While visiting with a friend over coffee one morning, a young woman complained, “Every time my husband and I get into an argument, he gets historical!”
The friend interrupted, “Don’t you mean hysterical?” “No, I mean historical,” the young woman replied. “He always brings up the past.”
Her husband could benefit from the words of motivational speaker and author Wayne Dyer: “Hold no grudges and practice forgiveness. This is the key to having peace in all your relationships.”
We are living in a time when being offended is in fashion. It’s just too hard to let things go. We seem to have forgotten about forgiveness. Forgiveness requires people not to keep score — a human tendency when we feel we have been wronged.
Sadly, this tendency affects our professional as well as our personal lives. If we have a problem with someone else being smarter, richer or more successful than we are, working together becomes much more difficult. That doesn’t enhance cooperation in any arena.
Are you a grudge-holder? Do you go around making lists of everything that is unfair in the world? This age-old practice is linked to our evolutionary history, according to an article by Nando Pelusi in Psychology Today magazine. Pelusi writes that it’s particularly difficult to let go of grudges because there are high emotional payoffs involved. This, he writes, is a sensible motive, because our ancestors had a huge investment in making sure they got their fair share in the ancient world — a place where unfairness could result in the death of you and all the people in your group. This gives humans a reason to be hypervigilant when it comes to uncovering cheaters or swindlers.
Injustice collecting, however, entails more than resentment toward those who are benefiting unjustly. It is, as Pelusi points out, resentment building on a mass scale. We become outraged when the world isn’t absolutely fair, and this can lead to unending anger, hopelessness and depression. It is also a way to avoid responsibility for our personal circumstances. But how do we change something that seems to be so hard-wired into our systems? Pelusi makes these suggestions for giving up a grudge and moving on:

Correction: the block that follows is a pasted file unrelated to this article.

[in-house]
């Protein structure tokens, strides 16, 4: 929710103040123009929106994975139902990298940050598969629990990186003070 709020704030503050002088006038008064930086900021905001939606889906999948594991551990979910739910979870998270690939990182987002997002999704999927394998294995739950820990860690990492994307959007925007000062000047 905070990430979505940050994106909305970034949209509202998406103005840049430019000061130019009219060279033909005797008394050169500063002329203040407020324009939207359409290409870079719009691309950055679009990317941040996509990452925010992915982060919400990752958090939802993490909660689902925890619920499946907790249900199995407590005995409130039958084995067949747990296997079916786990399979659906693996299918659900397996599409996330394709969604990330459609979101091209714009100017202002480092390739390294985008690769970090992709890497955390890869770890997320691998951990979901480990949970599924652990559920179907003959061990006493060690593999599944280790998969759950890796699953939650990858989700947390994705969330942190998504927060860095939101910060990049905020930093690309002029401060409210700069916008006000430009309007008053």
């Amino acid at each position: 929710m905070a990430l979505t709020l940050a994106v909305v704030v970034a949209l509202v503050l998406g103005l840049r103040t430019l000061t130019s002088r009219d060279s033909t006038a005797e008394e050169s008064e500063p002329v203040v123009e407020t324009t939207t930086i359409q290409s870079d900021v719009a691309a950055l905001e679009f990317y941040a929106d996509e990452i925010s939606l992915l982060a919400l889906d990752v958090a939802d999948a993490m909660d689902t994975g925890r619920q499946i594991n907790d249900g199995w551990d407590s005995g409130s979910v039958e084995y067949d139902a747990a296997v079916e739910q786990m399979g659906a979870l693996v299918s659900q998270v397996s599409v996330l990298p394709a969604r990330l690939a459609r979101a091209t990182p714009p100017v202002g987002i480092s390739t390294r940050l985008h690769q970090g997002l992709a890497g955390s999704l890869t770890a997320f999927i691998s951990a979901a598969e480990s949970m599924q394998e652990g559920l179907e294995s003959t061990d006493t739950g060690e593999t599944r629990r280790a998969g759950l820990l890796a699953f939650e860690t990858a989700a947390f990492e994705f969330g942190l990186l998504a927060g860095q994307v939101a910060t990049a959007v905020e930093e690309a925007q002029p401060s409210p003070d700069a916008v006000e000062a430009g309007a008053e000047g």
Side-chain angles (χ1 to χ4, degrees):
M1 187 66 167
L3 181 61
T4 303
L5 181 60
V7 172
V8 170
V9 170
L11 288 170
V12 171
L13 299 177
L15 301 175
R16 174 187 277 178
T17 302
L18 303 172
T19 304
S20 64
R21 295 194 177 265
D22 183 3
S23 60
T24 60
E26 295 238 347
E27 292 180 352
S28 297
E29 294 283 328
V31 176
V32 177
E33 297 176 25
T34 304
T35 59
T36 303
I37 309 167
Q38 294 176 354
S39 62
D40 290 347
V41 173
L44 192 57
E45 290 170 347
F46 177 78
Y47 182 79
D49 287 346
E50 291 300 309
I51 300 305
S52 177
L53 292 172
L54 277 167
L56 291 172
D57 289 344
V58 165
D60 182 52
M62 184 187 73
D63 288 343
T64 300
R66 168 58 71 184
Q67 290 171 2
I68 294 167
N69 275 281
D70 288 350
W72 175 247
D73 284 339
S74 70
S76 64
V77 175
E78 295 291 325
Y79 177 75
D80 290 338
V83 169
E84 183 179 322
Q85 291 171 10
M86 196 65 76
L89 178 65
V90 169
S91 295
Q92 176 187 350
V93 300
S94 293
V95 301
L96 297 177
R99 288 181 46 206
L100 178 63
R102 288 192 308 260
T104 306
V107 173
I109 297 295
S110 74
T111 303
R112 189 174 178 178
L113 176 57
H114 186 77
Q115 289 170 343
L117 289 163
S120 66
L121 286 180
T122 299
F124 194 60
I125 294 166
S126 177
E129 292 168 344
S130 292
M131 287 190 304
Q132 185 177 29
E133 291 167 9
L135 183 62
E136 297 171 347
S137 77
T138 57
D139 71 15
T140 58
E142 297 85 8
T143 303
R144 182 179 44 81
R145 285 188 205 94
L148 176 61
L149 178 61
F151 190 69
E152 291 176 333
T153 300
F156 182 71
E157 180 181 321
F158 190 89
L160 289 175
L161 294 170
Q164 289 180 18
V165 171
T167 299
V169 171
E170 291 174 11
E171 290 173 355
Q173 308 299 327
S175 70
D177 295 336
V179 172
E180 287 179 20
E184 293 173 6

• Make a list of injustices. Write down the things that weigh on your mind. This will get your mind to focus in a productive way.
• Stop thinking in all-or-nothing terms. Ask yourself whether the injustice you are experiencing has to affect all aspects of your life.
• Ask yourself if your life can still be meaningful despite the injustice. If not, Pelusi says you have to realize you are making a choice to refuse to get over something.
• Will being upset change your situation? Ask yourself this question if you seem stuck in a quagmire of your own anger.
• Frame your situation accurately. Is something really unfair — or just irritating? Keeping perspective is key if you want to move on.
• Realize that you are going to come across unfair situations. Make a decision about how you will handle these circumstances in the future.
• Question how much a particular example of unfairness will affect you in the grand scheme of things. Try not to fall victim to the temptation of wallowing in grief over something that just doesn’t matter that much.
Here’s another story to explain what I’m talking about. While a Zen master was away one day, a cleaning lady came to tidy up his house. As she was dusting, she accidentally knocked over his favorite vase, and it smashed into a million pieces. The cleaning lady was horrified and didn’t know what to do.
She contemplated leaving without telling the master what had happened, but decided to stay and confess that she had broken his vase. When the master returned, she showed him what she had done and begged his forgiveness. The master said, “Do not worry, dear lady. I bought that vase for pleasure, not pain.”
I like the advice in this Arabic proverb: “Write the wrongs that are done to you in sand, but write the good things that happen to you on a piece of marble. Let go of all emotions such as resentment and retaliation, which diminish you, and hold on to the emotions, such as gratitude and joy, which increase you.”
Mackay’s Moral: Forgive. Forget. Then get on with it.
Harvey Mackay is a Minneapolis businessman. Contact him at 612-378-6202 or e-mail email@example.com.